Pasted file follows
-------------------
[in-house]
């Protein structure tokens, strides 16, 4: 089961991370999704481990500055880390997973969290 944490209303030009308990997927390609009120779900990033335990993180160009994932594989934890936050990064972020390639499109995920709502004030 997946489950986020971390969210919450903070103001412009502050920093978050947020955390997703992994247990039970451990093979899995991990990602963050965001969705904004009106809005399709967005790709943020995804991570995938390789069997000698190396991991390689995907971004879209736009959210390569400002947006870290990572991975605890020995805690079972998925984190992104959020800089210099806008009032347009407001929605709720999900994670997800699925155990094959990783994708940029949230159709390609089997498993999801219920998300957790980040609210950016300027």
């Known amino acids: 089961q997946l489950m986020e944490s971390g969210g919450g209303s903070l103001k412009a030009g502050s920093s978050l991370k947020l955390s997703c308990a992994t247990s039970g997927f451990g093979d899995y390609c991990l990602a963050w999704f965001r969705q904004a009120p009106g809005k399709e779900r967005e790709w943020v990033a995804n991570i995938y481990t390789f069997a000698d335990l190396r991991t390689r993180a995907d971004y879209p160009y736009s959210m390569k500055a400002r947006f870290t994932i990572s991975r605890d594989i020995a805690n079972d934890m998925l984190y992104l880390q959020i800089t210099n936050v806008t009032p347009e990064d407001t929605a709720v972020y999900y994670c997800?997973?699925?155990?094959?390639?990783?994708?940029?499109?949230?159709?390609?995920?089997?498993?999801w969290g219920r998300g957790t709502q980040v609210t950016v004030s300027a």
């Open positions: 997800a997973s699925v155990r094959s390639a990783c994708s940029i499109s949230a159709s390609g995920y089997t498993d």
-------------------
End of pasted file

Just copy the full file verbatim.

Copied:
[in-house]
């Protein structure tokens, strides 16, 4: 089961991370999704481990500055880390997973969290 944490209303030009308990997927390609009120779900990033335990993180160009994932594989934890936050990064972020390639499109995920709502004030 997946489950986020971390969210919450903070103001412009502050920093978050947020955390997703992994247990039970451990093979899995991990990602963050965001969705904004009106809005399709967005790709943020995804991570995938390789069997000698190396991991390689995907971004879209736009959210390569400002947006870290990572991975605890020995805690079972998925984190992104959020800089210099806008009032347009407001929605709720999900994670997800699925155990094959990783994708940029949230159709390609089997498993999801219920998300957790980040609210950016300027």
């Known amino acids: 089961q997946l489950m986020e944490s971390g969210g919450g209303s903070l103001k412009a030009g502050s920093s978050l991370k947020l955390s997703c308990a992994t247990s039970g997927f451990g093979d899995y390609c991990l990602a963050w999704f965001r969705q904004a009120p009106g809005k399709e779900r967005e790709w943020v990033a995804n991570i995938y481990t390789f069997a000698d335990l190396r991991t390689r993180a995907d971004y879209p160009y736009s959210m390569k500055a400002r947006f870290t994932i990572s991975r605890d594989i020995a805690n079972d934890m998925l984190y992104l880390q959020i800089t210099n936050v806008t009032p347009e990064d407001t929605a709720v972020y999900y994670c997800?997973?699925?155990?094959?390639?990783?994708?940029?499109?949230?159709?390609?995920?089997?498993?999801w969290g219920r998300g957790t709502q980040v609210t950016v004030s300027a």
């Open positions: 997800a997973s699925v155990r094959s390639a990783c994708s940029i499109s949230a159709s390609g995920y089997t498993d």